In the News

USGC helps expand export potential for DDGS, ethanol to Ecuador

By U.S. Grains Council | May 11, 2018
Picture of Ecuadorian contingent

The USDA’s Cochran Program recently brought an Ecuadorian delegation to the United States to learn more about ethanol.

 Identifying how U.S. feed grains and co-products can meet the specific demands of a local market is the specialty of the U.S. Grains Council’s staff around the world. In Ecuador, the Council is successfully helping swine and poultry producers improve their feed formulations using U.S. distillers dried grains with solubles (DDGS) and is exploring how U.S. ethanol can help the country meet its blend mandate.

IBRL hosts Cochran Fellows to advance biofuels in Ecuador 

URBANA, Ill. – As part of the United States Department of Agriculture’s Cochran Fellowship Program, the Integrated Bioprocessing Research Laboratory (IBRL) is hosting eight agricultural professionals from Ecuador for two weeks of training focused on the U.S. biofuel industry.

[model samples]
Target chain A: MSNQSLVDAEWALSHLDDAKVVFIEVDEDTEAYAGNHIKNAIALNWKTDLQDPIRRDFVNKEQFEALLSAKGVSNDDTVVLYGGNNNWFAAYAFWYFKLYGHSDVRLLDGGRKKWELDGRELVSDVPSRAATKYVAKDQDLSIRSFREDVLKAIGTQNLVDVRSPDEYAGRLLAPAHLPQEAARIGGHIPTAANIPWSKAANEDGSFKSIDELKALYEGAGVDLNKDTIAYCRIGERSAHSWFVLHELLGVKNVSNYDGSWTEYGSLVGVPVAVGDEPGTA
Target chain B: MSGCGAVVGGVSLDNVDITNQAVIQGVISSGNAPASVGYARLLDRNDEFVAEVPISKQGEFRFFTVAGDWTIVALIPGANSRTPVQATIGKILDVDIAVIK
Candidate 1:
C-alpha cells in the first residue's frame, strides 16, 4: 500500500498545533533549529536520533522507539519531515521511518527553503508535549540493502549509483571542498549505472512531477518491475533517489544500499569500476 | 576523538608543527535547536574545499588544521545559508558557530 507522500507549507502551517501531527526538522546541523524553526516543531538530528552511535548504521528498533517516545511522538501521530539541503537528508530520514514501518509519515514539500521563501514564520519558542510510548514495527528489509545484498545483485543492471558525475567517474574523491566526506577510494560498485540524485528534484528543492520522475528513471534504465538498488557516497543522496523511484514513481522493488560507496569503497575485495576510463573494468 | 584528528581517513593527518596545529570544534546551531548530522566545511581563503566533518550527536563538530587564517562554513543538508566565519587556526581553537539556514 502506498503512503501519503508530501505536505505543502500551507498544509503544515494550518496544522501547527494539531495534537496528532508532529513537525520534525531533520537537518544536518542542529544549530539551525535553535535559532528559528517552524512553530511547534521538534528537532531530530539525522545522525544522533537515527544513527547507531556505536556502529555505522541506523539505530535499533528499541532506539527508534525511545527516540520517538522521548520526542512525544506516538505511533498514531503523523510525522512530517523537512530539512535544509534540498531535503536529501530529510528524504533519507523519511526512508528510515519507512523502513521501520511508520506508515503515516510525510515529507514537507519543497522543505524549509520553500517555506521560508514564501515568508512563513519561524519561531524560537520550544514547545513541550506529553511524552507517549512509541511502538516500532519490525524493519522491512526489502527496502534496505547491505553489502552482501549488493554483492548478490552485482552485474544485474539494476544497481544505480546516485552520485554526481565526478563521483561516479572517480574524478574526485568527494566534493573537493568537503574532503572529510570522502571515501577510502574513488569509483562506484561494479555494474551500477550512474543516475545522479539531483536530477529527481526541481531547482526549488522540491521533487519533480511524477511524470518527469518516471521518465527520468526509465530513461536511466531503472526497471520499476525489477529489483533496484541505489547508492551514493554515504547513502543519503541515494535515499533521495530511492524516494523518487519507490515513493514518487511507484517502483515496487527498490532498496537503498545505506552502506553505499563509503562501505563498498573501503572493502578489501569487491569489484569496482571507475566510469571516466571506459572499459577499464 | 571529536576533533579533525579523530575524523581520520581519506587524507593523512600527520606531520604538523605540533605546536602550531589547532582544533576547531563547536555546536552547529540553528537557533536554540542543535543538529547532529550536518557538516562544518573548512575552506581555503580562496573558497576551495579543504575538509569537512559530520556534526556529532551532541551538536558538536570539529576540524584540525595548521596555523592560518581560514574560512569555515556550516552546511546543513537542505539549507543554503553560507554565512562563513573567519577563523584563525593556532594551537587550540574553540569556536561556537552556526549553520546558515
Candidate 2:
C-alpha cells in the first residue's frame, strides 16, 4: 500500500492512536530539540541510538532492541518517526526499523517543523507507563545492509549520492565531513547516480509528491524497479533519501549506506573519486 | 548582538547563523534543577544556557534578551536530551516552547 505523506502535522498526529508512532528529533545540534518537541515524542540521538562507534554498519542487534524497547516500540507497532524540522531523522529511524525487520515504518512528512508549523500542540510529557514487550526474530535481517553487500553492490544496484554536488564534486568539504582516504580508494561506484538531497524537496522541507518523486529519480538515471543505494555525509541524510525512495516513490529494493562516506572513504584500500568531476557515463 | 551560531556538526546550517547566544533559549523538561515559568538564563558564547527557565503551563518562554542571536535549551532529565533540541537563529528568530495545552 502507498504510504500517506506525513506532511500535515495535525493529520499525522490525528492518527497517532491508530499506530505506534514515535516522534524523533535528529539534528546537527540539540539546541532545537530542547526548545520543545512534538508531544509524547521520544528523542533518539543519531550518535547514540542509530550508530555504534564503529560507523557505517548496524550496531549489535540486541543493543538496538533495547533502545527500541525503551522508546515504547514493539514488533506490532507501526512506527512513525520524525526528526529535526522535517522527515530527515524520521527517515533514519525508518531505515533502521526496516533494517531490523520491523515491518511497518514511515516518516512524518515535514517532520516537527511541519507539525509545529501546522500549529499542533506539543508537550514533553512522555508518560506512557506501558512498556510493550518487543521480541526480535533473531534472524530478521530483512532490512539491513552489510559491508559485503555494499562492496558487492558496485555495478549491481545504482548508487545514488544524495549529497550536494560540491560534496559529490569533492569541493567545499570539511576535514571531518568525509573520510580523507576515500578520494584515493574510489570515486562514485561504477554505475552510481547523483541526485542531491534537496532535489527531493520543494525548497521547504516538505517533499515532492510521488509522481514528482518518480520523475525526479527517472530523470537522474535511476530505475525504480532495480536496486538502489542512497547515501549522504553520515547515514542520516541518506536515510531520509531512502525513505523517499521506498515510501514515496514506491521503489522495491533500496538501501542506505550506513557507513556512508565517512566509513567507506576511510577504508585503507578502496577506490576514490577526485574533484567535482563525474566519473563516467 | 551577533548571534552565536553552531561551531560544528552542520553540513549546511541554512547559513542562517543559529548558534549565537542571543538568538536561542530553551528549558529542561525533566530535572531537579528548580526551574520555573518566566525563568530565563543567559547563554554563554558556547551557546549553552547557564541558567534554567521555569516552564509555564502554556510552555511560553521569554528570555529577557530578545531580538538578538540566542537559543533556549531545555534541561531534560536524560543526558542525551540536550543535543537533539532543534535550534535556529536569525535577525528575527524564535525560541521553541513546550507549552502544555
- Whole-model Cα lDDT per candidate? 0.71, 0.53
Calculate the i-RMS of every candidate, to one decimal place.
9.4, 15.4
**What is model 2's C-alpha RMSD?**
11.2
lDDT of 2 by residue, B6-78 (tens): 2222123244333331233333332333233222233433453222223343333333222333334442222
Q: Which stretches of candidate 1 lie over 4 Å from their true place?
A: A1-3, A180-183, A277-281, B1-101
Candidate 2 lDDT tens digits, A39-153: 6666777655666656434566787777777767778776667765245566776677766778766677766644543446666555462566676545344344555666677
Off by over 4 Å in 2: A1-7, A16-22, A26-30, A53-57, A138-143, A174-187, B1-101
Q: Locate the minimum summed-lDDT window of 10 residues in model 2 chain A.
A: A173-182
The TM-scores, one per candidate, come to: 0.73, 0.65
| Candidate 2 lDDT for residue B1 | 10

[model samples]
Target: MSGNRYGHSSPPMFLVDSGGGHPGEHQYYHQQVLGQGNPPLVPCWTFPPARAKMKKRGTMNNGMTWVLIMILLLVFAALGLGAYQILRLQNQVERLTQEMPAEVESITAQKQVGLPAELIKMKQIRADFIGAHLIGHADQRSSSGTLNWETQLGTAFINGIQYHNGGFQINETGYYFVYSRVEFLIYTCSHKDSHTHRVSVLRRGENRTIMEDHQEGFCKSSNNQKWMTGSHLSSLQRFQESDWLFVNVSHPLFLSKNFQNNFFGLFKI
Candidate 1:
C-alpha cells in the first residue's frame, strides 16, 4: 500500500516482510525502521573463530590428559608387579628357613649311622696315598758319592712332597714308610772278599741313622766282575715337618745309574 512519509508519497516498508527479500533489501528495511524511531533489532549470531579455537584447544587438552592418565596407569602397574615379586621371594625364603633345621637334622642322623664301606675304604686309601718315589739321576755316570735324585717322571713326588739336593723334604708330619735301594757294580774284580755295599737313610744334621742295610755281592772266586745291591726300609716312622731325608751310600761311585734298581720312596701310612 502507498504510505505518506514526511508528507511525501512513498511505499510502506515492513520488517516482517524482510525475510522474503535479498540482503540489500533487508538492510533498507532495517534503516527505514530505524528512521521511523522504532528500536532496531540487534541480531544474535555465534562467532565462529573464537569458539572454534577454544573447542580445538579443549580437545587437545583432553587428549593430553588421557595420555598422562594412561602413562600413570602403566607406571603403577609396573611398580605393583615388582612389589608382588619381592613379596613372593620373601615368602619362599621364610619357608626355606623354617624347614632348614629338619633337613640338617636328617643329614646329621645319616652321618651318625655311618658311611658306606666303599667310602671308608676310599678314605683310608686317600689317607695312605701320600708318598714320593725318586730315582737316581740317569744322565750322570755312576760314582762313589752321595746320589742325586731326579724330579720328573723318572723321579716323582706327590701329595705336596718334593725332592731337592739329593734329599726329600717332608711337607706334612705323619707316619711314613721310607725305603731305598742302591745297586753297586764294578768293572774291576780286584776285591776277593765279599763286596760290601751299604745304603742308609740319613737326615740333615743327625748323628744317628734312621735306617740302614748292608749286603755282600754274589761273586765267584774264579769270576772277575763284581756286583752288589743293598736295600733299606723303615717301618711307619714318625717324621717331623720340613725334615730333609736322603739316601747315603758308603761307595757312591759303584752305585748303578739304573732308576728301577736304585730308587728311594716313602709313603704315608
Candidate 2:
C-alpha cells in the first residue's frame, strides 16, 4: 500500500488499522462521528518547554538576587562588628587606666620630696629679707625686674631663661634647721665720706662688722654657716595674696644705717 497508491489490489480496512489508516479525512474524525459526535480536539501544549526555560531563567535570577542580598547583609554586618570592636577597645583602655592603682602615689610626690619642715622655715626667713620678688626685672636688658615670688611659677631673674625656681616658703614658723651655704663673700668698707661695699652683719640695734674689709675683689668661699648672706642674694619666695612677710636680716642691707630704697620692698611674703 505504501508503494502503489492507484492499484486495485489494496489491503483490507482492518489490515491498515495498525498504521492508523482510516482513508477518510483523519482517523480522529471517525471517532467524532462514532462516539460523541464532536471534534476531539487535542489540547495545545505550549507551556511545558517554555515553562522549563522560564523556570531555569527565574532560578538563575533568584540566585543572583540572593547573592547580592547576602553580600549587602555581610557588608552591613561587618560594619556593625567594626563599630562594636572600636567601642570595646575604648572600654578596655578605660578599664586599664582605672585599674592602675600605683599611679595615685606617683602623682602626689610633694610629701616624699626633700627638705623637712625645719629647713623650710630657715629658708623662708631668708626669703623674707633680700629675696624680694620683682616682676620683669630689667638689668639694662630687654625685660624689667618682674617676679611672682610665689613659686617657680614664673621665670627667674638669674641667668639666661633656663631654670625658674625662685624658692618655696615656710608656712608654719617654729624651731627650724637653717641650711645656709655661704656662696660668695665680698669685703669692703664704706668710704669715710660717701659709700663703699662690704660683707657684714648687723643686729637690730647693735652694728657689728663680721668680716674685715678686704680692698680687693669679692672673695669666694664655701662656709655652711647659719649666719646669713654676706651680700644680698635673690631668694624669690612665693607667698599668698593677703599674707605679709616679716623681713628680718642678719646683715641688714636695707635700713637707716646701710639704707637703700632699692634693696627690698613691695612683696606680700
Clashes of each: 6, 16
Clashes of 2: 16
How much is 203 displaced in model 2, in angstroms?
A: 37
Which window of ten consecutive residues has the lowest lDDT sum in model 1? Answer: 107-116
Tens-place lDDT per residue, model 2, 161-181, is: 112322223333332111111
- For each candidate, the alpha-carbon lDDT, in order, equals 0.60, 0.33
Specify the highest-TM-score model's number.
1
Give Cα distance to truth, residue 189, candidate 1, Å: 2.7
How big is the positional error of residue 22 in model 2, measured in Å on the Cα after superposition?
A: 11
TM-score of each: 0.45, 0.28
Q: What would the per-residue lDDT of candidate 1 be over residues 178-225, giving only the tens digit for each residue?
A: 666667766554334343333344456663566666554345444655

Read more at:

Group shot of five Cochran Fellows and UIUC representatives

Japan Corn Starch Opens New Corn Wet Milling Facility with Guidance from Dr. Vijay Singh 

With a collaborative relationship spanning 3 decades, University of Illinois and Japan Corn Starch have worked together on many projects. Most recently, IBRL director Dr. Vijay Singh helped with the design of Japan Corn Starch’s new corn wet milling plant. To celebrate the opening of the plant, College of ACES Dean Kim Kidwell and Assistant Dean of Advancement Kimberly Meenen joined Dr. Singh on a trip to Kimura, Japan where they stood side by side with Japan Corn Starch President and CEO Soichiro Kurachi to commemorate the opening as well as the ongoing relationship between Japan Corn Starch and University of Illinois research.